After years of using ActiveMQ 5.x in our Java-based production system, we decided to migrate to the Amazon Simple Queue Service (SQS). Managing and configuring ActiveMQ no longer seemed to make sense, especially when SQS does it for us. Moreover, SQS recently added FIFO support. Messages in SQS FIFO queues are delivered in order and are guaranteed to be processed only once. These features are exactly what we needed to replace ActiveMQ with SQS and ensure that our backend processes would function as expected.
Before migrating to SQS, here are some important considerations:
- JMS support is limited to queues, i.e., point-to-point.
- Message size is limited 256 KB.
- Message content is restricted to text only, i.e., XML, JSON, and unformatted text. JMS’s
StreamMessageinterfaces are unsupported.
- Message durability is constrained to a maximum of 14 days (defaults is 4 days).
- JMS selectors for filtering messages are unsupported.
My company Rodax Software provides a propriety RESTful API for Skedi—a calendar aggregation app for families and teams. The API has many long running tasks, so we use queues to manage the workflow while providing fast HTTP responses to our mobile clients.
Our messaging architecture includes queues that are consumed by server-side components and remote mobile clients. Since migrating the mobile clients to SQS would require code changes and an App Store update, we decided to first migrate the server queues.
Before diving into the code, we also had to consider SQS’s JMS compliance. Thankfully, SQS supports most of the JMS 1.1 specification for queues, click here for more information about using JMS with Amazon SQS.
Given the JMS queue support in SQS, the server-side code changes were relatively painless. So, lets take a look at them, which includes accessing a JMS connection, starting a JMS listener, sending a JMS message, and converting MapMessage to ObjectMessage.
Accessing a JMS connection
The primary difference between instantiating a JMS connection in SQS and ActiveMQ is that SQS requires credentials and the region where the queues are located.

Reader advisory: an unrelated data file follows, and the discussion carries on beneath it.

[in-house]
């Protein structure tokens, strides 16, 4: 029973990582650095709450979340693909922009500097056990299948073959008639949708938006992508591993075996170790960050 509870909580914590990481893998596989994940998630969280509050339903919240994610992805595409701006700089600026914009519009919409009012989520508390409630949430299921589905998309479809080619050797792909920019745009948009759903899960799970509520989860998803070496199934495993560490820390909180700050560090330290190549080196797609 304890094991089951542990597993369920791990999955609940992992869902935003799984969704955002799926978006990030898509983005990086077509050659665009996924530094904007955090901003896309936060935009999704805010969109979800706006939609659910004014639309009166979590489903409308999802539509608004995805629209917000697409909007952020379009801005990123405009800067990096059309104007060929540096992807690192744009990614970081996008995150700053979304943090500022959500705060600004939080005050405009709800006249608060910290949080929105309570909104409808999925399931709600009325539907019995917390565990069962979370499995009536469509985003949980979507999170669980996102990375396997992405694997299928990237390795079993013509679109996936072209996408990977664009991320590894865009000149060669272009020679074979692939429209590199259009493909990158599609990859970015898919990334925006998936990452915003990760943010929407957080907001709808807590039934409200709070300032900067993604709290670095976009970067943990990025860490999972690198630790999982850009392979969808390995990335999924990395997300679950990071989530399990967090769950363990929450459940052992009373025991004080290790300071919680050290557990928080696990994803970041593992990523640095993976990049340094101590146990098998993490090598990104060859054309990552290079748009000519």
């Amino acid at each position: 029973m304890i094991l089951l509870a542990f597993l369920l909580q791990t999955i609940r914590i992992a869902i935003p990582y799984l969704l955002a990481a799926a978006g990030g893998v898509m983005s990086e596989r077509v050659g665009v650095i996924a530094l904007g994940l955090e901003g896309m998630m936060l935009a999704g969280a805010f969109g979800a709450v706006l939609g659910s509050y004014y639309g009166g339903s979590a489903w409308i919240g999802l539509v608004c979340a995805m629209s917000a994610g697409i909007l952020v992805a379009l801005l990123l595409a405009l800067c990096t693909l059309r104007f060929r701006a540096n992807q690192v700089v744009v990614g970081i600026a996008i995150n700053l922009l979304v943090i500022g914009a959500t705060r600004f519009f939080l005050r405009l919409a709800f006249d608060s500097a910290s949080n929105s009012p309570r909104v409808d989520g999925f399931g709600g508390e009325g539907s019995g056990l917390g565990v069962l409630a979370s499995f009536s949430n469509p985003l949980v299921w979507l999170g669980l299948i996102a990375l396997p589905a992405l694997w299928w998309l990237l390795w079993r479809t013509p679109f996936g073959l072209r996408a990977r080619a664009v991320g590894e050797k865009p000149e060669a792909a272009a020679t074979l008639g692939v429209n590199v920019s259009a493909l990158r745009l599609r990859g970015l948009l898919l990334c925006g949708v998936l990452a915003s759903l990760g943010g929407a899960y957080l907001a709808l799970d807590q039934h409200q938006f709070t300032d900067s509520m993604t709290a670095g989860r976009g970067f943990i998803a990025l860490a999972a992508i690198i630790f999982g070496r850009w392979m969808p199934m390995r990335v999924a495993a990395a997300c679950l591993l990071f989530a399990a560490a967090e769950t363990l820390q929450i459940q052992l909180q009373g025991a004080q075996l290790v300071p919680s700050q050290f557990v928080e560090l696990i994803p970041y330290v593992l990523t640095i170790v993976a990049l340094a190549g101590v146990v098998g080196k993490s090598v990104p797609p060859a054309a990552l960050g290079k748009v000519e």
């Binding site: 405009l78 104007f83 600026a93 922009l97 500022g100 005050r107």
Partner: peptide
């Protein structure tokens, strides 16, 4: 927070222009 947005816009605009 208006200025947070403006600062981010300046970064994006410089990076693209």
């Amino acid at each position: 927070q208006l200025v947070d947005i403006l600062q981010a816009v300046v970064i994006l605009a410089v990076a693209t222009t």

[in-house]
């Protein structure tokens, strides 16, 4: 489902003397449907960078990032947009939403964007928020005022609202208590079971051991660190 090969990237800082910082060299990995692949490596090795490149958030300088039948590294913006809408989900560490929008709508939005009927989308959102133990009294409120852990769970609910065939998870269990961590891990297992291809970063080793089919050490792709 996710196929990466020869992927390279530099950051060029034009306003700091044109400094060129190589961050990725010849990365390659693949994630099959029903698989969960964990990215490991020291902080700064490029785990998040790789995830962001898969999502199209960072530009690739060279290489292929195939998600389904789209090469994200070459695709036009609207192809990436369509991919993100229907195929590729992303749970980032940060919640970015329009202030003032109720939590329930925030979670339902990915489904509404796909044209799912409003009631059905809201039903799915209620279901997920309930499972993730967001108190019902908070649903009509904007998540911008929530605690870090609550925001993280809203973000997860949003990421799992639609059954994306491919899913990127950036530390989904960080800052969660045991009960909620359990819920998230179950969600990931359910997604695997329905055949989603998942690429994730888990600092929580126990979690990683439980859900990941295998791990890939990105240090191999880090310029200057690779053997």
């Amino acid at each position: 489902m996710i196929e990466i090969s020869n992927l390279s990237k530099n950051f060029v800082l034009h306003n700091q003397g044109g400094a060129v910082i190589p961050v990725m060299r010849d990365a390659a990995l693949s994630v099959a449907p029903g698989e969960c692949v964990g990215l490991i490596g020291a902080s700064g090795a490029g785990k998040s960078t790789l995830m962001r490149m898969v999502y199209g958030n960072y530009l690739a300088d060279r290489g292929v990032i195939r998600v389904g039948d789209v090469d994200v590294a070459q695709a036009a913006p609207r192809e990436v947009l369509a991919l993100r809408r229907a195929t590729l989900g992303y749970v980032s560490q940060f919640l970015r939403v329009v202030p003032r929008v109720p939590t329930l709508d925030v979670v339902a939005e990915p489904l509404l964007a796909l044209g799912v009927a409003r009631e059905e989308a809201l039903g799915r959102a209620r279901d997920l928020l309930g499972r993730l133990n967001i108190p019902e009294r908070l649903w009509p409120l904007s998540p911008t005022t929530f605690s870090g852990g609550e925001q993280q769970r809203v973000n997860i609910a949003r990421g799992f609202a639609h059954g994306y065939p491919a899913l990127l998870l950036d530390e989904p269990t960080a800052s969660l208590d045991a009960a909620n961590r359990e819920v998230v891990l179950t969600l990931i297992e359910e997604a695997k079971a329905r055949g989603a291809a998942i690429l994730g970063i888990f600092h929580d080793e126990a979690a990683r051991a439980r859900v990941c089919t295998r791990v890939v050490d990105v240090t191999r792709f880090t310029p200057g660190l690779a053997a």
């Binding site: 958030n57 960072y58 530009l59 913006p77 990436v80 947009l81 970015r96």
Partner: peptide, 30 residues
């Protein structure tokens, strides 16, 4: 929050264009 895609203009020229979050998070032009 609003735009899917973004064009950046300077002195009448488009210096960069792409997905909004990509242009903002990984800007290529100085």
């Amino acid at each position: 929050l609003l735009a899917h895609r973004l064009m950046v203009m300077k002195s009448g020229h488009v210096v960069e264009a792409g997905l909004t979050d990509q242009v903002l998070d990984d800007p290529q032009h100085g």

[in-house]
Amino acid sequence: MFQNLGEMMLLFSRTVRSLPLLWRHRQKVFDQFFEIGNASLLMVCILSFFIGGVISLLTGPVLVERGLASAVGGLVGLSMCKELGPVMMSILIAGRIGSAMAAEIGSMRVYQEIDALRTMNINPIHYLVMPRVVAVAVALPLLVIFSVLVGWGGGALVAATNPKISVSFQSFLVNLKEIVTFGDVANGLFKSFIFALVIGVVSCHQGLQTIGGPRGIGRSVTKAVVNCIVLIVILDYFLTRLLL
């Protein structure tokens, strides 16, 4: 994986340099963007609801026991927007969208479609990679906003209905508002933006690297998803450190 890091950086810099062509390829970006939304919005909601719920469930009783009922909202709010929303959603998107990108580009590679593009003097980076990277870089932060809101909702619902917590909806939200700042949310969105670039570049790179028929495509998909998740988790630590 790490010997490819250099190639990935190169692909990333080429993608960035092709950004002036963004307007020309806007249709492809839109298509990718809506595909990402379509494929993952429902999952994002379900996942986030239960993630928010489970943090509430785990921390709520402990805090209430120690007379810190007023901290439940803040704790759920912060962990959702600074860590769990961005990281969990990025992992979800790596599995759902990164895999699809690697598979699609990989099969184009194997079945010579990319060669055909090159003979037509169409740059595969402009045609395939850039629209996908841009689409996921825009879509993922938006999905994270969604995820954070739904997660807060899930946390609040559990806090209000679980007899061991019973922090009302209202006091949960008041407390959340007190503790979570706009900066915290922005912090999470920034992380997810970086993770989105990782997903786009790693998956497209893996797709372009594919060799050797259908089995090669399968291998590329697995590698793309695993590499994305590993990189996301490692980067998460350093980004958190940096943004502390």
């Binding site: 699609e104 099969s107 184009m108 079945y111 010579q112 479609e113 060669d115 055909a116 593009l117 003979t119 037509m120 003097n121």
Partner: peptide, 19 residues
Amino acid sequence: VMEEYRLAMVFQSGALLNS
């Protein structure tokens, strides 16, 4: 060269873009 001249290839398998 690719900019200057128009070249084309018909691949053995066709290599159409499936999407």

Note: Using the
DefaultAWSCredentialsProviderChain class, which is the preferred method for accessing AWS credentials.
Starting a JMS Listener
Unlike ActiveMQ, a SQS JMS listener must be listening to a queue that actually exists; therefore, before we start listening, we ensure that the queue exists.
Lines 11-15 above were added because Amazon requires the queues to be created before first use. Lines 23-27 were to added to force the main thread to wait for one second after starting the listener. Lines 30-46 is a new method to create the FIFO before we start listening.
Sending a JMS Message
Sending a message to a FIFO queue requires only one additional line of code to set the message group ID.
For more information about these changes click here.
Converting MapMessage to ObjectMessage
SQS doesn’t support
MapMessage; therefore, we simply refactored by converting our
MapMessage objects to
HashMap<String, String> instances. Note: An
ObjectMessage object must implement
Voilà! The next thing we have to do is to migrate our mobile clients using the ActiveMQ Stomp protocol and JMS selectors. Replacing the selector filtering will most likely require architectural changes. In any case, once we’ve completed the mobile migration, I’ll blog about it here too.
To conclude, it’s worth noting that these SQS migration changes should work with any JMS compliant codebase. Let me know if you have any experiences or thoughts to share.